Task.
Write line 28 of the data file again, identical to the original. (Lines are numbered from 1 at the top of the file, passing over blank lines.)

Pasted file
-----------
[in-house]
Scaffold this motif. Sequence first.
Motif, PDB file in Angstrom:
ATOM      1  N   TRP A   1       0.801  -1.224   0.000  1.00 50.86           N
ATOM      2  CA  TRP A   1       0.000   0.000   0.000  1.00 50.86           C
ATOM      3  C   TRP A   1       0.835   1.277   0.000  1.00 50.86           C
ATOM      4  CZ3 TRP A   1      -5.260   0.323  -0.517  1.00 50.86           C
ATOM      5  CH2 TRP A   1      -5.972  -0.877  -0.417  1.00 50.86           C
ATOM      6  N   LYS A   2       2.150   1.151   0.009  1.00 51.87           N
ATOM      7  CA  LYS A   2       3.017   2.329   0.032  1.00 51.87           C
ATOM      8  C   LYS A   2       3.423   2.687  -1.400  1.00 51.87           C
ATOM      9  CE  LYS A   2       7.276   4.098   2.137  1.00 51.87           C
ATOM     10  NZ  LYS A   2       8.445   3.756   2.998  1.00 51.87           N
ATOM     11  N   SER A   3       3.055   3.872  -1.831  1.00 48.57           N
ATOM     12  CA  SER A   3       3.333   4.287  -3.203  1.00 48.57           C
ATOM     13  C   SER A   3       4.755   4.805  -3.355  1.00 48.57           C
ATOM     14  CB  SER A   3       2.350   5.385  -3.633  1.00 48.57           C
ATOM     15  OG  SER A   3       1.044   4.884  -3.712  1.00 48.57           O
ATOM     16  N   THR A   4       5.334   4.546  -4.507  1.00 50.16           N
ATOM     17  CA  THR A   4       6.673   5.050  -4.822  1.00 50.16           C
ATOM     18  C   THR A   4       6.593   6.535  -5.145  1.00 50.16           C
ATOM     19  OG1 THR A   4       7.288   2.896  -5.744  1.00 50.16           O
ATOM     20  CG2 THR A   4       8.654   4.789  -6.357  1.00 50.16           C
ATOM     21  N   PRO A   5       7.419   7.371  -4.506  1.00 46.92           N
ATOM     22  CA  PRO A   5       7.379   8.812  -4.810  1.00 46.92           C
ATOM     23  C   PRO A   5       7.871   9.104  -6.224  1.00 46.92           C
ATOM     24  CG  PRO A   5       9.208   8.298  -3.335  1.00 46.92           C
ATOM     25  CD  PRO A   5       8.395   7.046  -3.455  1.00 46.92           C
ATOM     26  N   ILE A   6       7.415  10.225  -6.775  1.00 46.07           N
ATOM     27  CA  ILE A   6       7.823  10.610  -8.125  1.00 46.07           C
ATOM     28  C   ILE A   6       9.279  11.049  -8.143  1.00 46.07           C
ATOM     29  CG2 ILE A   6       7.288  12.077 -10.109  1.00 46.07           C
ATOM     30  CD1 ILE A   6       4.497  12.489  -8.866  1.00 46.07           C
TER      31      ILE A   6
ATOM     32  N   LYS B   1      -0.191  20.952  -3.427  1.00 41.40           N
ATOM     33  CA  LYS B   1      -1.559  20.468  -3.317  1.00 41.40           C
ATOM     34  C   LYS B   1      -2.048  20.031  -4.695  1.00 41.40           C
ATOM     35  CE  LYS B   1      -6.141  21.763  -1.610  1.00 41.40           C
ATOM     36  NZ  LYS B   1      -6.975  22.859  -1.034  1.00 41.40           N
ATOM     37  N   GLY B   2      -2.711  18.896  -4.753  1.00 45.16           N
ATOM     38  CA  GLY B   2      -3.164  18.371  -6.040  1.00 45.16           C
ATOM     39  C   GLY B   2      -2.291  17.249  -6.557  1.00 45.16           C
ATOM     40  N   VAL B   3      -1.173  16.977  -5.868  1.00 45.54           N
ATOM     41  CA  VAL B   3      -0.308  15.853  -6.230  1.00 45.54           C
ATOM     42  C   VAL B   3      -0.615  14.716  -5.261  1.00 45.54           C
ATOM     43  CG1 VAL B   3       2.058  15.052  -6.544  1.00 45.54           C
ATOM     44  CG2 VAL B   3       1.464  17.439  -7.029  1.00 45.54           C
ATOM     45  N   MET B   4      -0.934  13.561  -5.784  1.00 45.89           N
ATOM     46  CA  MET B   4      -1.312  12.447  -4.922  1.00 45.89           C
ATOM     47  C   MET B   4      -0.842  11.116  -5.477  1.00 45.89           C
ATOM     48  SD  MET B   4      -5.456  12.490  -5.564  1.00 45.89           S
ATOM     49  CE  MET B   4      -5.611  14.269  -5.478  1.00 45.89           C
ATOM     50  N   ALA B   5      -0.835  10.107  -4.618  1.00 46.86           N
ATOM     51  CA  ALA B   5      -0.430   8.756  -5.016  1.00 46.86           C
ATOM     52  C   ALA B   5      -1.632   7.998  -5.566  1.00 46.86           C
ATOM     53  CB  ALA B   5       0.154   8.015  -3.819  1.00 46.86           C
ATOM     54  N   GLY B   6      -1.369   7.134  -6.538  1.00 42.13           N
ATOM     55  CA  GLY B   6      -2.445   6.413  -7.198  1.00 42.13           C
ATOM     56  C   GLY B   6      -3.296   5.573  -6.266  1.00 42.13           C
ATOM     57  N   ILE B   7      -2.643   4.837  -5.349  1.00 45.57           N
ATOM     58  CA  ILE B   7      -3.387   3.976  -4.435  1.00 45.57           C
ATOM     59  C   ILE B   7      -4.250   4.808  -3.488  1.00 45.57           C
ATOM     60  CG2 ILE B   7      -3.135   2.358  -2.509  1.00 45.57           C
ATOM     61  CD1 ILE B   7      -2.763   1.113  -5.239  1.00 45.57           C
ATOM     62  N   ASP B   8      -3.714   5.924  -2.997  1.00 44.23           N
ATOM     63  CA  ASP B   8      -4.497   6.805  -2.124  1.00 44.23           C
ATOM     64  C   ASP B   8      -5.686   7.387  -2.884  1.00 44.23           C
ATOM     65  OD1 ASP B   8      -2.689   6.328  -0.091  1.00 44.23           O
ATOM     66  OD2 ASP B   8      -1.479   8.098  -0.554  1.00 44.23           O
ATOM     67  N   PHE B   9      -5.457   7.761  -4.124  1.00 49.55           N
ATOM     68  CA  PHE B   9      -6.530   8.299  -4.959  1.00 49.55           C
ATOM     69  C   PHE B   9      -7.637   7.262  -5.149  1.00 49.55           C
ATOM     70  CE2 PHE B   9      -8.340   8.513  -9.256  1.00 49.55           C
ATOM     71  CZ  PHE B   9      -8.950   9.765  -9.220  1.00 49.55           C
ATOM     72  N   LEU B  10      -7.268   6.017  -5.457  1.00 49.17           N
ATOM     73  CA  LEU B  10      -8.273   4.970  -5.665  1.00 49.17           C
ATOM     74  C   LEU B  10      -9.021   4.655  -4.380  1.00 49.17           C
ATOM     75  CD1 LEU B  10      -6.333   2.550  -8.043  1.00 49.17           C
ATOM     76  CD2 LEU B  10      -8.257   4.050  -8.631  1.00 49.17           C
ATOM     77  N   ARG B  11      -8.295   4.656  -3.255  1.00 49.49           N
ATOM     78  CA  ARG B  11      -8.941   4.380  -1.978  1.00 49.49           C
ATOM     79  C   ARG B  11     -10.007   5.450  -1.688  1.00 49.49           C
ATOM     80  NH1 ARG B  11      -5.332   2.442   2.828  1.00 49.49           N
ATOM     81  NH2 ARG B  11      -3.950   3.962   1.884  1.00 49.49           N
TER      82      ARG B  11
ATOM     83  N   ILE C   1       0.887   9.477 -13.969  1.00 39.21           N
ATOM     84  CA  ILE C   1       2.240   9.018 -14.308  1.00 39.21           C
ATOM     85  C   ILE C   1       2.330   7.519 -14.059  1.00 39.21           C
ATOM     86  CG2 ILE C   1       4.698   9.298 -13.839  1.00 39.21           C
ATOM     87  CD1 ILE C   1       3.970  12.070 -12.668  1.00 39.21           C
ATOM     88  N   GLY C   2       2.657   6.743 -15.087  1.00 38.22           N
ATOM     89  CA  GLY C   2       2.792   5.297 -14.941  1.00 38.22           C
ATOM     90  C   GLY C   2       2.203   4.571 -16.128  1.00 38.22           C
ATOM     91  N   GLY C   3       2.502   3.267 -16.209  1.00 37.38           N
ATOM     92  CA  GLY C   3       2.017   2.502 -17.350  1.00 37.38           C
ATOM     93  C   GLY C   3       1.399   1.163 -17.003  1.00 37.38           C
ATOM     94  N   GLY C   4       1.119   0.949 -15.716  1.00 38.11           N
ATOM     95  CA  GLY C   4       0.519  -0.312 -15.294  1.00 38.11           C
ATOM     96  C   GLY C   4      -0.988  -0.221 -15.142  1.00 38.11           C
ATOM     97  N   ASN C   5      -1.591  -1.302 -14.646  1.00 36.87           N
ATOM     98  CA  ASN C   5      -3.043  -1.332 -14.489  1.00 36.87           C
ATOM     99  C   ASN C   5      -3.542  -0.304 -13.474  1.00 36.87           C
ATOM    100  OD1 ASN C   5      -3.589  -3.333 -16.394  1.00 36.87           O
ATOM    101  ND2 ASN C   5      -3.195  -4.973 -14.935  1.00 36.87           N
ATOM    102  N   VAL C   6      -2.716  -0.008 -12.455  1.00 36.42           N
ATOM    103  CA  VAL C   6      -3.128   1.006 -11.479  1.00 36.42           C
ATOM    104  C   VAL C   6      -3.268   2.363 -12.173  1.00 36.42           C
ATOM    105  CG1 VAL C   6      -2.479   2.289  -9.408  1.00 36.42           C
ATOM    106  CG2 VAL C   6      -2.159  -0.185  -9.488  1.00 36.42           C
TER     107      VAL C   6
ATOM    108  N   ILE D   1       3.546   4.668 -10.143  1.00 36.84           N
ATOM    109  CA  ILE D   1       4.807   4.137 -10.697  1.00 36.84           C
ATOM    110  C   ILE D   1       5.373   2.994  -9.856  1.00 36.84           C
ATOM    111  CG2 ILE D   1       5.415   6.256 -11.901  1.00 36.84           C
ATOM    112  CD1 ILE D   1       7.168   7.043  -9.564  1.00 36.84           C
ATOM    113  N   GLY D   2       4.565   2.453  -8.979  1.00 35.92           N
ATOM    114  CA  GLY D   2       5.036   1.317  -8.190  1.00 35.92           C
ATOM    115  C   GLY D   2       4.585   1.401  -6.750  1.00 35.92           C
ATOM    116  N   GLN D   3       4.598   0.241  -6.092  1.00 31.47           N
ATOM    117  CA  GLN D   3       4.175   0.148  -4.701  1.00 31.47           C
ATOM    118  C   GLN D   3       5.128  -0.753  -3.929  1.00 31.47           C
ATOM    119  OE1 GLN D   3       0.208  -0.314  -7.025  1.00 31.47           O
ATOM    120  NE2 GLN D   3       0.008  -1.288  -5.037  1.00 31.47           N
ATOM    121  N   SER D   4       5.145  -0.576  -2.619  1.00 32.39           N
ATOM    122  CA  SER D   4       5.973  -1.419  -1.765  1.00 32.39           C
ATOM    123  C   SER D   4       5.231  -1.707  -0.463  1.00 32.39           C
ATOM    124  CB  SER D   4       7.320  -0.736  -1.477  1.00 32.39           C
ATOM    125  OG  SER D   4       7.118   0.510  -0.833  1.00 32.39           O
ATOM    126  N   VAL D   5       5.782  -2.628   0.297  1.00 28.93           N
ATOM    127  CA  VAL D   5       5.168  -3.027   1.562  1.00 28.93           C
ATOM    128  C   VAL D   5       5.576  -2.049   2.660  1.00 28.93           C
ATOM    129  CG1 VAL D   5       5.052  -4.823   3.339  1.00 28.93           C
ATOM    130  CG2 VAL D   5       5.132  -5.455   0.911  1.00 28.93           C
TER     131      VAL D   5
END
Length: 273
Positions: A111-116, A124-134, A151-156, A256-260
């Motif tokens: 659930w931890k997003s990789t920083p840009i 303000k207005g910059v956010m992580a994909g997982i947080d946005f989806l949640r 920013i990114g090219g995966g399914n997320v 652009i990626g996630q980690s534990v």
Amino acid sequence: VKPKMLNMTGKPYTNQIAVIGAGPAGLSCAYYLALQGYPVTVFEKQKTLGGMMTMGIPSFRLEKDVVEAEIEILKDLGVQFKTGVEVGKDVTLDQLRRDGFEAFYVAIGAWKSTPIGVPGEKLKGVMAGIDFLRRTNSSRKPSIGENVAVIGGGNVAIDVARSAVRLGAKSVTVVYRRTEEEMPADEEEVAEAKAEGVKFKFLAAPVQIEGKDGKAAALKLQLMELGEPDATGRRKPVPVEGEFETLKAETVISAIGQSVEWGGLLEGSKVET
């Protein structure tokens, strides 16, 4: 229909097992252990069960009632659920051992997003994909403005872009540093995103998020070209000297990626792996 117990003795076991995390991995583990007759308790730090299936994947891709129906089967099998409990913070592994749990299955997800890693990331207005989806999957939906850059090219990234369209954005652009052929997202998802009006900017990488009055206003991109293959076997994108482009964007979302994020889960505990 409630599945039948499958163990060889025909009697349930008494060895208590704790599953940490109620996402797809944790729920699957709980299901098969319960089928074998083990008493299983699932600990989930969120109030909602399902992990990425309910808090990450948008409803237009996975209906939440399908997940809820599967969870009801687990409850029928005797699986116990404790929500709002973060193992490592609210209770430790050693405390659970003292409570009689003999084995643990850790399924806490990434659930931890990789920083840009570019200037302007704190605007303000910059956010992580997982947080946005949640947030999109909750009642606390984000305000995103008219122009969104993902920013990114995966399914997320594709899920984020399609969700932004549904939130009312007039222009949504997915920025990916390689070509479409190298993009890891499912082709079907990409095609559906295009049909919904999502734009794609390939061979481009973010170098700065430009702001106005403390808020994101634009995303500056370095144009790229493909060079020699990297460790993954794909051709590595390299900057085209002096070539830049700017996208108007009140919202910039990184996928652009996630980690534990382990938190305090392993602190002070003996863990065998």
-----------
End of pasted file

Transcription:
ATOM     25  CD  PRO A   5       8.395   7.046  -3.455  1.00 46.92           C